• 7/17/2006
  • Houston, TX
  • Juan A. Lozano
  • Chron.com

Knees bent and hands above his head, Francis Maloy lay on his back on a narrow, metallic table inside a white chamber, waiting for a giant wheel-like device to bombard the tumor in his chest with protons.

“I had never heard of proton therapy. The last time I heard about protons I was in college taking physics,” said Maloy, a 68-year-old retired Army colonel from Stuart, Fla., just before the procedure.

Maloy, who has advanced lung cancer, is one of the first patients being treated at the University of Texas M.D. Anderson Cancer Center’s new $125 million Proton Therapy Center.

It is the largest of the nation’s four such facilities that treat cancer by targeting protons narrowly on the tumor itself, sparing the healthy tissue that with traditional X-ray radiation therapy is blasted along with the cancer cells.

From inside one of five treatment rooms in the 94,000 square-foot center, the gantry looks like the airlock of a science-fiction spaceship. But behind it sits the bending magnets, electrical wires and monitors that make up the gantry, encased in a steel barrel, three stories tall and weighing 190 tons.

The protons, which are stripped from the nucleus of hydrogen atoms in a tubular device called an injector, are sent to a compact particle accelerator — actually a ring of magnets about 20 feet in diameter — called a synchrotron. There they circle around until they gather enough energy to irradiate a tumor before being sent toward the patient.

Dr. James Cox, chief of radiation oncology at M.D. Anderson, wasn’t always a believer in the technology.

“Studies have showed proton therapy allows an increased dose to a tumor but you have a decreased dose to healthy tissue and have fewer side effects” such as loss of appetite, diarrhea and headache, he said. “That was the breakthrough, what changed my mind.”

Cox said proton therapy can be used to treat cancers of the prostate, eye, lung, brain, head and neck and possibly tumors in the liver. It also helps treat cancer in children, who are more sensitive than adults to the side effects of radiation therapy.

But Cox said proton therapy, which is covered by Medicare and most insurance companies, is about three times more expensive than traditional radiation, in part because of the cost of the facilities.

Some doctors worry that the benefits to a few cancers don’t outweigh the enormous costs, especially when recent advances in traditional radiation make it safer to use.

Dr. Eric Horwitz, clinical director of the Department of Radiation Oncology at Fox Chase Cancer Center in Philadelphia, said proton therapy has an advantage in treating relatively rare cancers such as those in children or of the spinal cord.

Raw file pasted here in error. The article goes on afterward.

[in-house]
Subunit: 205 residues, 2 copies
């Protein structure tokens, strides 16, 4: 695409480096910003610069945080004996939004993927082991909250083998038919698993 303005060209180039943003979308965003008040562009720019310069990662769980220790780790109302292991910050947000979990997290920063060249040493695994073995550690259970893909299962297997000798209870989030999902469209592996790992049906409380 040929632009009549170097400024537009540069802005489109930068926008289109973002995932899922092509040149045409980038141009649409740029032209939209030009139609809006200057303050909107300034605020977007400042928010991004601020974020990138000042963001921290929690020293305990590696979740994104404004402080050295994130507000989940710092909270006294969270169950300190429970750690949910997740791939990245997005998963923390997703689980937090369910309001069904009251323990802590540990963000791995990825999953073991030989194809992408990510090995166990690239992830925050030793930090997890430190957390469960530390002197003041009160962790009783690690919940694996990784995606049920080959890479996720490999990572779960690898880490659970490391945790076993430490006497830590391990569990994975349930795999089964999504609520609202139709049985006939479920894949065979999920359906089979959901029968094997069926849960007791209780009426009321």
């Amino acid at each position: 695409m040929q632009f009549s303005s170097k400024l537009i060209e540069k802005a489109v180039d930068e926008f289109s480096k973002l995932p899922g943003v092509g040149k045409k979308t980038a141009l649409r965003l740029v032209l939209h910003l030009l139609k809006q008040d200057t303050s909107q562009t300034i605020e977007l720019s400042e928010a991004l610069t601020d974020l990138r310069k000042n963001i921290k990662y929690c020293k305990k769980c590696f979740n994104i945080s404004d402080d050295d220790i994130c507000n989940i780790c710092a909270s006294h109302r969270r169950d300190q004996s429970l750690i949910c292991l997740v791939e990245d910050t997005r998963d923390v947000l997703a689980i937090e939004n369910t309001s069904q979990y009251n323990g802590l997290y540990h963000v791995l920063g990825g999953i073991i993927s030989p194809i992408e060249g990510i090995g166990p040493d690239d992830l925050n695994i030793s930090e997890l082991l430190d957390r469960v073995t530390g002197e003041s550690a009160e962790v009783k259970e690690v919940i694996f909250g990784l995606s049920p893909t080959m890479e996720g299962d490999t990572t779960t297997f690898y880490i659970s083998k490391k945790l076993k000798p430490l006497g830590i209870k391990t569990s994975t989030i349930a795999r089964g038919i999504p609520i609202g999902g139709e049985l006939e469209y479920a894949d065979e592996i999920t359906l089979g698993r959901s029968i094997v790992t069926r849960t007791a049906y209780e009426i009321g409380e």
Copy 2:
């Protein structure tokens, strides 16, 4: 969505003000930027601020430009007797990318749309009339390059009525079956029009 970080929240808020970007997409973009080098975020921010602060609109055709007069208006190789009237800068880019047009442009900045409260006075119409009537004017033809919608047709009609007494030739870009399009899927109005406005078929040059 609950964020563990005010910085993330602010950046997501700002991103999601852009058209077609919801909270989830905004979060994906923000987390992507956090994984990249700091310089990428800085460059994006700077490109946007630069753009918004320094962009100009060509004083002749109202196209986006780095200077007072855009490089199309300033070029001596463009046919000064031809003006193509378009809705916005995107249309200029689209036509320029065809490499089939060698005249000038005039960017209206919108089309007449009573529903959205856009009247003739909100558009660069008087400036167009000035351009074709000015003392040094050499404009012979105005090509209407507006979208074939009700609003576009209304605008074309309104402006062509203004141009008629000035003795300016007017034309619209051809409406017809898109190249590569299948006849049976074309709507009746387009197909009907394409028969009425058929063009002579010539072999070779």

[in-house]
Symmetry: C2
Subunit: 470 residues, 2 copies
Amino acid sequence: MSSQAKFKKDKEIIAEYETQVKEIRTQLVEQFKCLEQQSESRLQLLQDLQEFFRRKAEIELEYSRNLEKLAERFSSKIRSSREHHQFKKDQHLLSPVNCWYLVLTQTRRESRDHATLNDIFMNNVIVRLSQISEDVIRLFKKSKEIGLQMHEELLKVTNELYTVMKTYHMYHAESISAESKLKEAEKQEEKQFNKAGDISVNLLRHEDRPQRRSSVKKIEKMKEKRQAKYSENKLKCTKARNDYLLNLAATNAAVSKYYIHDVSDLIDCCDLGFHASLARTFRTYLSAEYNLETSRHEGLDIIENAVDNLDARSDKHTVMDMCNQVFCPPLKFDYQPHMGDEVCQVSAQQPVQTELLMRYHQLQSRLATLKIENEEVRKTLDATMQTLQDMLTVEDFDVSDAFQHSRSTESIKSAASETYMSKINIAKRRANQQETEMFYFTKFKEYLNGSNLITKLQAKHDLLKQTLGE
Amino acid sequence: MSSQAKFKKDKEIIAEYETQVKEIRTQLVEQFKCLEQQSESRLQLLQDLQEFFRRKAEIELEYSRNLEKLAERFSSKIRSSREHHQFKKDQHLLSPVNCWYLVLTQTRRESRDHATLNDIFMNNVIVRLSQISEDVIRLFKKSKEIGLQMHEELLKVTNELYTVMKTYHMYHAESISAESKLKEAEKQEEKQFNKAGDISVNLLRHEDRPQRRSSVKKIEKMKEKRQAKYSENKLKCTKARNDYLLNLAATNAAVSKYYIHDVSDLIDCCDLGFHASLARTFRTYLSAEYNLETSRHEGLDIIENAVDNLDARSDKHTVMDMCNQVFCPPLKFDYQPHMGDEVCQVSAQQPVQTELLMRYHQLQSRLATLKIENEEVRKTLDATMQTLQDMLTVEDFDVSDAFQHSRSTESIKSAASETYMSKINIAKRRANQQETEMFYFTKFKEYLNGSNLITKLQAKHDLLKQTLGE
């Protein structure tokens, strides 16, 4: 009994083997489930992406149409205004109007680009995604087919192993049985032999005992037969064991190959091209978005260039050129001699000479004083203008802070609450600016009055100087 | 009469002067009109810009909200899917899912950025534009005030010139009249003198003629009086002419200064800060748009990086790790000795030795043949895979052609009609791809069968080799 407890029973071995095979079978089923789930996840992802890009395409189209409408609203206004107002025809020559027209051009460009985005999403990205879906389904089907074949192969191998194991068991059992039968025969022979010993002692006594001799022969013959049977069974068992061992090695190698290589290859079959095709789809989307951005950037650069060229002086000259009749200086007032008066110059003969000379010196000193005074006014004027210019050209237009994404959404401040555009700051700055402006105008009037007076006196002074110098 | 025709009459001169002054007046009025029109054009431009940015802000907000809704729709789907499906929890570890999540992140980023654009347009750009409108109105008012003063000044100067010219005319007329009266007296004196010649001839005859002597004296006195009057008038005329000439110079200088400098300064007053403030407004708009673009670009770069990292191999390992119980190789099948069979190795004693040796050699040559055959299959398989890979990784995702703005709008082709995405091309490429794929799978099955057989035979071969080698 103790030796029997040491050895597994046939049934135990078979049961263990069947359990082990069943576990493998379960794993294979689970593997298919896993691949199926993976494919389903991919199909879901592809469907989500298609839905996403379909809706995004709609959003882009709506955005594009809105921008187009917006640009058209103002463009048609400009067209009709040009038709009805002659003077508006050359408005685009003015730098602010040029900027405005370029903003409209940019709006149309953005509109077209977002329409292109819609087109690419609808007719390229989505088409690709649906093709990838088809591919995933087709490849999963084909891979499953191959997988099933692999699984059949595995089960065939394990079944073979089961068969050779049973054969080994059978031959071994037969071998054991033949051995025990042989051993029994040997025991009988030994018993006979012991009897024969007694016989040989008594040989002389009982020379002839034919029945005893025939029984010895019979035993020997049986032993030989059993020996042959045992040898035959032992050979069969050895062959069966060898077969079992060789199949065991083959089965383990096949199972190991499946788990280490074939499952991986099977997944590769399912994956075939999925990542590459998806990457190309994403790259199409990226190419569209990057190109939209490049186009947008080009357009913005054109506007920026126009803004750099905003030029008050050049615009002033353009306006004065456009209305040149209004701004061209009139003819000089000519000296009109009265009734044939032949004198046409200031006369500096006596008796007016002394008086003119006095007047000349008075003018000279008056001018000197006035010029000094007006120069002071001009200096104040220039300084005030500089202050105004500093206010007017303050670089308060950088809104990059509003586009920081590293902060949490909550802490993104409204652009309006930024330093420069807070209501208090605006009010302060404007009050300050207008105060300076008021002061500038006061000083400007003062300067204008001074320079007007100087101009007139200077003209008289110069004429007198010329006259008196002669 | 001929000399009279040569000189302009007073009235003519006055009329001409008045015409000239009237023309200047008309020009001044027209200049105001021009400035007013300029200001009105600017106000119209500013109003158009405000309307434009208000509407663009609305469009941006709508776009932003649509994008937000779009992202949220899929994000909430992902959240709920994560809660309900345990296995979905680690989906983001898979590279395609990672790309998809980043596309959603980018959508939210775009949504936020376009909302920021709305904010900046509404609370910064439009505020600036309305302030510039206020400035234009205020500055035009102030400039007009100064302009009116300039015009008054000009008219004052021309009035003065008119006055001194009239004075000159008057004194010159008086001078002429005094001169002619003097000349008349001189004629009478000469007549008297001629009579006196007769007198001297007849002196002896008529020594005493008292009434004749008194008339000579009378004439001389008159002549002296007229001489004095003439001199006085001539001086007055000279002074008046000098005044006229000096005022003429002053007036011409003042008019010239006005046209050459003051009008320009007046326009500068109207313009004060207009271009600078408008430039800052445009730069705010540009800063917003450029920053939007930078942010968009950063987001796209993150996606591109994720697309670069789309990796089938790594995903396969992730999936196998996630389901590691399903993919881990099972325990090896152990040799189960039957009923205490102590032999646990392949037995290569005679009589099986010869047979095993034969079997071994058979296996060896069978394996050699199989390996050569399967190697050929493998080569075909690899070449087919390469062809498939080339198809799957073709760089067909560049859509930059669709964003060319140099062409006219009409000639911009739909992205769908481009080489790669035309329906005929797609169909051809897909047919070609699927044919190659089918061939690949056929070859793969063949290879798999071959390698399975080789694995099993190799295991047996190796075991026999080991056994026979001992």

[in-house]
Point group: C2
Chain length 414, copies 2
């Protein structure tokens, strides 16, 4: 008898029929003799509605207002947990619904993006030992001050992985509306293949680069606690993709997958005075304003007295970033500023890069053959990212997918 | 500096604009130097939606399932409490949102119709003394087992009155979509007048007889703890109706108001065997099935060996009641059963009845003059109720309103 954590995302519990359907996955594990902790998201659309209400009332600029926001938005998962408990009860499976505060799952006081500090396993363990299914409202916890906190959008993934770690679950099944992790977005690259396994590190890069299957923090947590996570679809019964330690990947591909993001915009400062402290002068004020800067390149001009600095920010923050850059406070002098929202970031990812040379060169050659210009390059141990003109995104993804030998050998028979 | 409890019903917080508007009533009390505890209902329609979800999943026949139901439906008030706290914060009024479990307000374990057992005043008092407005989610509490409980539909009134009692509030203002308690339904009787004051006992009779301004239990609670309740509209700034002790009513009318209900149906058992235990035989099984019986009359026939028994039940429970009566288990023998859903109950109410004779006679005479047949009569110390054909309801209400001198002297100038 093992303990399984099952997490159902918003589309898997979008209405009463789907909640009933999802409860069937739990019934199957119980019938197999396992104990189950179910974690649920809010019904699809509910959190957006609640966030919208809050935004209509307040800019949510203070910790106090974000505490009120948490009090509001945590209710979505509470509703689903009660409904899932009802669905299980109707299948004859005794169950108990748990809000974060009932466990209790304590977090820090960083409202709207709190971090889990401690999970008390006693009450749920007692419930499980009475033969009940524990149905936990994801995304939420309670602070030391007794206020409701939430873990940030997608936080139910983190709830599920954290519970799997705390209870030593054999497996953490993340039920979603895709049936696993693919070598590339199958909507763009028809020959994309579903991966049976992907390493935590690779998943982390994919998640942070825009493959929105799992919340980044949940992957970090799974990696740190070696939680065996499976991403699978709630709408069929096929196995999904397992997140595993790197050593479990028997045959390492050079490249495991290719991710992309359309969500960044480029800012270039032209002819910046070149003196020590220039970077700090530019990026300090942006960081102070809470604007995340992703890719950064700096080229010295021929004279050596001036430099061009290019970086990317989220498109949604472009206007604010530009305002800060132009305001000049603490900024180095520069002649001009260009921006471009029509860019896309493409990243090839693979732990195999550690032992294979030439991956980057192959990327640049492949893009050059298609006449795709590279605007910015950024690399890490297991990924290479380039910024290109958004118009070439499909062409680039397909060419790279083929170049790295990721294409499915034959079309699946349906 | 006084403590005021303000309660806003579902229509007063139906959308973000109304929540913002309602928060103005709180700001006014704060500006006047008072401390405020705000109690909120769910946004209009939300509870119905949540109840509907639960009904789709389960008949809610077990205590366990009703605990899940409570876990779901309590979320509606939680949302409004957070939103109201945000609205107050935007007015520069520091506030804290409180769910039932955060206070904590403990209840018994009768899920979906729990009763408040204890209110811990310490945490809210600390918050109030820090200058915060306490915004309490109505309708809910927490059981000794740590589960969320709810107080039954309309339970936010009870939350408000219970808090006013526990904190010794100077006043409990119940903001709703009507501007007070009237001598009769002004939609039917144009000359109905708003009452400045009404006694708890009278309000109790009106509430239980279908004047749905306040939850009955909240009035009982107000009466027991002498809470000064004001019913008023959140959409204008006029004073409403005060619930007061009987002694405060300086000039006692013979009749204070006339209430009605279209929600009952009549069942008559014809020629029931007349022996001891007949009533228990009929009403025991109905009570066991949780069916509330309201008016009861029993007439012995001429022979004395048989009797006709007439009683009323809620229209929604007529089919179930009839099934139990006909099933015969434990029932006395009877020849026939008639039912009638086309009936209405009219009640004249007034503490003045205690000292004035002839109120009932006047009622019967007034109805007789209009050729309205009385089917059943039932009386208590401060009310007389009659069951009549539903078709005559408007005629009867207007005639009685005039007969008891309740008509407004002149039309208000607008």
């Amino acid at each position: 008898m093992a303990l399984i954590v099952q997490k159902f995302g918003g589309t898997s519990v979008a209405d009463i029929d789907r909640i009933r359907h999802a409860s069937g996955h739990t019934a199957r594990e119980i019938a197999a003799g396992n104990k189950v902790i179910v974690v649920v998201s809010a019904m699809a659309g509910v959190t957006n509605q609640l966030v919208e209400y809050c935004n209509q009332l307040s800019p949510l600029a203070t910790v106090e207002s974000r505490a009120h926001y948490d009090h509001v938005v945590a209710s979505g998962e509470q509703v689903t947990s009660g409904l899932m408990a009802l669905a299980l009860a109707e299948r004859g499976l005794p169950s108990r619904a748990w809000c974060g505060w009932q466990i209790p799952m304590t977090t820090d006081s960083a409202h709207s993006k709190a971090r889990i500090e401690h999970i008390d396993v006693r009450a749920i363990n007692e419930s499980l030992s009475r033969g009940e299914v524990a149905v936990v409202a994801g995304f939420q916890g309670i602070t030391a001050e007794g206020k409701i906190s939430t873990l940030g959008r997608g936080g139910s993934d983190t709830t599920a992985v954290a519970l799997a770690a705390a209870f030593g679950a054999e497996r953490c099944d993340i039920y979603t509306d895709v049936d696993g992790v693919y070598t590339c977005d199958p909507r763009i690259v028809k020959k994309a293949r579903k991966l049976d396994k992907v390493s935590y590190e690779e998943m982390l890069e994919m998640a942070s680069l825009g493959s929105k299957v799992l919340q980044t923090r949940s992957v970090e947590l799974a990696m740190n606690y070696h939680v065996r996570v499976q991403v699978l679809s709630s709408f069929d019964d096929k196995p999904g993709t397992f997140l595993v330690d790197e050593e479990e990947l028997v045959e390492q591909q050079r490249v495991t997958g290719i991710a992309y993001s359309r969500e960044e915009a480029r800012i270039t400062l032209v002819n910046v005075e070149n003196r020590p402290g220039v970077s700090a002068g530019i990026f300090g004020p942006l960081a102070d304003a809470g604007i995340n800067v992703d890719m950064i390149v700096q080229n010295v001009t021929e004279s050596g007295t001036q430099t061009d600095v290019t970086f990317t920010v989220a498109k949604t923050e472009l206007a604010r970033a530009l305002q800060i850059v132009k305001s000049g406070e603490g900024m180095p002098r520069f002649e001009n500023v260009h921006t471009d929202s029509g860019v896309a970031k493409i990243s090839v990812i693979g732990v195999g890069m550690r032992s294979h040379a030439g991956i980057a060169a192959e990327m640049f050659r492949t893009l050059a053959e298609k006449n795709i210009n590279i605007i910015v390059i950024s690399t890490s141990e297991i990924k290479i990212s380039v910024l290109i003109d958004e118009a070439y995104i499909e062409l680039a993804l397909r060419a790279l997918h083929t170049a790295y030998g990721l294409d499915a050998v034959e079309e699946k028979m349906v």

More study needs to be done to see whether proton therapy is more effective for common cancers, such as prostate and lung, than newer forms of traditional radiation therapy that can also be focused on a tumor, he said.

Reducing radiation’s side effects could translate into lower health care costs in the long run, said Dr. Nancy Mendenhall, chair of the Department of Radiation Oncology at the University of Florida’s College of Medicine.

“I think it will be a part of mainstream radiation oncology if we fully embrace its advantages,” said Mendenhall, who is also medical director of the Florida Proton Therapy Institute, a new center set to open this summer in Jacksonville, Fla. “Conventional radiation therapy will always be a part of cancer treatment.”

A study that appeared last September in the Journal of the American Medical Association concluded that men who were treated for prostate cancer with higher doses of radiation, in part through proton therapy, were less likely to have cancer return than men who got traditional X-ray radiation treatment.

An accompanying editorial to the study by Drs. Theodore DeWeese and Danny Song with Johns Hopkins University School of Medicine in Baltimore questioned whether higher doses of radiation are the best way to improve outcomes.

“As such, this study has not answered the important question of whether patients should accept the modest but real incremental risk of higher radiation doses for the uncertain ultimate benefit derived,” DeWeese and Song wrote.

Maloy will get proton therapy five days a week for about two months. He also gets chemotherapy once a week.

Each treatment session takes 30 to 45 minutes, much of that time spent taking X-rays of Maloy’s tumor and positioning the gantry’s protruding snout that the protons shoot out of.

The procedure is just like an old-fashioned X-ray: Just before the protons started flowing, an alarm went off, warning everyone to leave the room. After a few minutes the treatment stopped and nurses and doctors repositioned the snout to hit the tumor from a different angle.

“I feel nothing in there, except it’s uncomfortable laying on their machine,” Maloy said. “You don’t know anything is happening. It’s magical.”

Proton therapy has been around since the mid-1950s but was done mostly at research facilities, according to the National Association for Proton Therapy.

Loma Linda University Medical Center in California opened the world’s first hospital-based treatment facility in 1990, and Indiana University and Massachusetts General Hospital in Boston also have such centers. But M.D. Anderson’s is the largest.

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